“Ghosts of Dragonspear Castle” was the Wizards of the Coast/Gale Force Nine “Gen Con 2013 Exclusive” release to tease the new “D&D Next” release coming out next year. To really gin up some interest WOTC/GF9 made it a “con exclusive” release only available to Gen Con 2013 attendees, pre-orders only. You could not buy it at the convention, just pick it up.
I am a die hard capitalist and while I am not a huge fan of limiting sales to those that make the pilgrimage to Indy I can understand the business realities behind it. Limited editions/restricted releases make for good marketing and generate buzz. This is a common practice in the gaming industry and really did not bother me too much.
Then I got to Indy and found Dragonspear Castle for sale in a booth. Ok, that was a bit tacky on the part of the publishers, but I thought they had unsold copies from the pre-order that needed to find homes. Again, I could live that as it gave Gen Con pilgrims that missed the pre-order a chance to pick up a notable new gaming product.
Today, I notice that Dragonspear is available on the dndclassics.com site as a downloadable PDF. I rarely get angry about my gaming hobby because it is a hobby and just not worth the effort, but this is beyond the pale. Admittedly this is truly a petty issue by the standards of real life, but it just offends me that the publisher decides to flog a “limited” product to the general public. Either it is a convention exclusive or it is not. Money, precious Gen Con gaming budget dollars, was surely allocated for this product with the understanding you only had one shot to get this content. Had it been a standard release (as it apparently is now) then purchasing it might wait until a later date. That, of course, would reduce Gen Con buzz.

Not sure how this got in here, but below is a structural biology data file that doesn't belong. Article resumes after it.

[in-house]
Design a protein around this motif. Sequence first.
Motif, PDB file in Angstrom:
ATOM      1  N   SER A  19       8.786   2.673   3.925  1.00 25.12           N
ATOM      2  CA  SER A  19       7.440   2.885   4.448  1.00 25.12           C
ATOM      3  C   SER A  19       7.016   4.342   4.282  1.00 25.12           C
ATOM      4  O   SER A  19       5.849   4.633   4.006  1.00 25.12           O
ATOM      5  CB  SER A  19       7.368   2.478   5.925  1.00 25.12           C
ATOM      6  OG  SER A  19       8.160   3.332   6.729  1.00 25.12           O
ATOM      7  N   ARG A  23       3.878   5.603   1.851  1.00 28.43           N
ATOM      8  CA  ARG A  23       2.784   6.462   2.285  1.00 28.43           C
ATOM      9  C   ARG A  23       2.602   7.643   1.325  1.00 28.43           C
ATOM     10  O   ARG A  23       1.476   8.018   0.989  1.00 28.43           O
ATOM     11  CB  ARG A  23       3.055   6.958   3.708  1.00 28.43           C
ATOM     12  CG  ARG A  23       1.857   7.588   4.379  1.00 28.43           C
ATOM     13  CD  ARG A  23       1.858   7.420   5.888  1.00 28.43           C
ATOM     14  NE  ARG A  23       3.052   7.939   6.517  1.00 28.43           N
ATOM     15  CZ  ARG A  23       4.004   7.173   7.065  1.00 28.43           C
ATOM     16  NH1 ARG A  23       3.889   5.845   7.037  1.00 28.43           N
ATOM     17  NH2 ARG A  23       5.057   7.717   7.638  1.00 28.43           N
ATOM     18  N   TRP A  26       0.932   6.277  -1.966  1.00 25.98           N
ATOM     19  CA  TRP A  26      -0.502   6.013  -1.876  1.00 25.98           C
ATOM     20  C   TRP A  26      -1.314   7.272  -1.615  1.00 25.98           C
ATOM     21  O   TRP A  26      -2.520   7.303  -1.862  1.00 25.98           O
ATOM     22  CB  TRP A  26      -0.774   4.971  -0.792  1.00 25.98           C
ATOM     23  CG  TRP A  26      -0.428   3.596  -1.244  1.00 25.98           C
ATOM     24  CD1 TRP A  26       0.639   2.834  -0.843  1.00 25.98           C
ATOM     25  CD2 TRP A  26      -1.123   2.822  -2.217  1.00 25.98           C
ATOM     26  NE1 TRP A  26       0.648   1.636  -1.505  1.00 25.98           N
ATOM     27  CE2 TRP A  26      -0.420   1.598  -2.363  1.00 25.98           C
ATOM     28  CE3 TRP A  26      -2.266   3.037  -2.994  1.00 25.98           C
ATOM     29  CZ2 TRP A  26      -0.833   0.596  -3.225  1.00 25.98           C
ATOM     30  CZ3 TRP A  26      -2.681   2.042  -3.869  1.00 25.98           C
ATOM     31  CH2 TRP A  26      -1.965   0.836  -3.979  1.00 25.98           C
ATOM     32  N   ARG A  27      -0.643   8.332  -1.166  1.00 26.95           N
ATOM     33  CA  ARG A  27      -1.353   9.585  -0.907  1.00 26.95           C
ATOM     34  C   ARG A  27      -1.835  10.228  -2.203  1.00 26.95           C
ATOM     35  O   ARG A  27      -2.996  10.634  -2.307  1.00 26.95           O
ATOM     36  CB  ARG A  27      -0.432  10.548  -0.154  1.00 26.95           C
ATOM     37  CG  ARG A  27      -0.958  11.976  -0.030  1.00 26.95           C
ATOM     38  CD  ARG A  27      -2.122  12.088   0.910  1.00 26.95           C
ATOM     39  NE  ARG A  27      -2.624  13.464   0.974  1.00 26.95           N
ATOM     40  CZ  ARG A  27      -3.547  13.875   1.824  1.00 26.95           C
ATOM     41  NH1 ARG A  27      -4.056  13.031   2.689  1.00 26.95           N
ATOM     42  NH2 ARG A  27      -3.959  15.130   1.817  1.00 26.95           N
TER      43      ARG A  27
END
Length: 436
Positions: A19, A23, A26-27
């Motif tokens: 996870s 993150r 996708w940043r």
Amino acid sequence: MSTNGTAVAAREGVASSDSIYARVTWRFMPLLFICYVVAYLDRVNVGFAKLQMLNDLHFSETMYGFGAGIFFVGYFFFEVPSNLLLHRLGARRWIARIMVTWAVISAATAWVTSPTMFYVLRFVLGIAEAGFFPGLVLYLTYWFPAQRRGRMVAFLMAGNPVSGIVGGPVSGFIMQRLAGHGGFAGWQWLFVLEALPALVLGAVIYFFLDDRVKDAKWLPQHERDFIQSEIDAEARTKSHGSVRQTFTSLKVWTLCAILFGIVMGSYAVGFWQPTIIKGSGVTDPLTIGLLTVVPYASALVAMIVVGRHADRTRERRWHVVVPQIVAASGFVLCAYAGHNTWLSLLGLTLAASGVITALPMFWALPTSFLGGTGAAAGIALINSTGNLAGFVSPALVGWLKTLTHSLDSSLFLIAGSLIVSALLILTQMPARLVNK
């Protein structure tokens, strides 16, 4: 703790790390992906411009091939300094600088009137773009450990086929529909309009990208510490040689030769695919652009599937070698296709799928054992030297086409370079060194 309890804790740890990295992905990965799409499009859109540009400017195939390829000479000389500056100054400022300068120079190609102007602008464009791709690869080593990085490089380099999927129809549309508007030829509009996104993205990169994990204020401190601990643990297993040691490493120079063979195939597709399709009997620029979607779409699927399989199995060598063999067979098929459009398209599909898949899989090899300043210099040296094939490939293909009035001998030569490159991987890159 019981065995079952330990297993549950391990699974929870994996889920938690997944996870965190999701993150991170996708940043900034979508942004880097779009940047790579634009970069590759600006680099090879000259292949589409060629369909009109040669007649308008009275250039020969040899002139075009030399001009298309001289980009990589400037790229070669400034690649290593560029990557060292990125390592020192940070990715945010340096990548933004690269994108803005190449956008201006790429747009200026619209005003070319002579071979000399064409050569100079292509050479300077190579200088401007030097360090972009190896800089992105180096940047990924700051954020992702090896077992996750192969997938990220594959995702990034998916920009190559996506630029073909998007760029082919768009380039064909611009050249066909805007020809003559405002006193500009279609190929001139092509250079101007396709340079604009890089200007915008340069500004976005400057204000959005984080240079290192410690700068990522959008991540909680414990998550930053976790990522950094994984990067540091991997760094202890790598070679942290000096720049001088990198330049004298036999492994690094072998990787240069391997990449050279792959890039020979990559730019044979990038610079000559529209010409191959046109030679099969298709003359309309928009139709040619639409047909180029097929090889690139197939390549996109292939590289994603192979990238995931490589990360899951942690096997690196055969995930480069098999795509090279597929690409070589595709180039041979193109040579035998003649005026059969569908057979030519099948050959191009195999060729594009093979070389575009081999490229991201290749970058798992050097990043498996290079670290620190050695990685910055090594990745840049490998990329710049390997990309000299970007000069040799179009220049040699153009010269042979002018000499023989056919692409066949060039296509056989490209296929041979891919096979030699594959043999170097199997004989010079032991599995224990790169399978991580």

Wizards of the Coast or GF9 (the actual company that made this decision is unclear since they both have a hand in the product)is trying to have it both ways and that offends me. It is yet another example of the storied “Dungeons and Dragons” product line used as a blunt instrument to extract gaming dollars from a loyal fan base.
Trask, The Last Tyromancer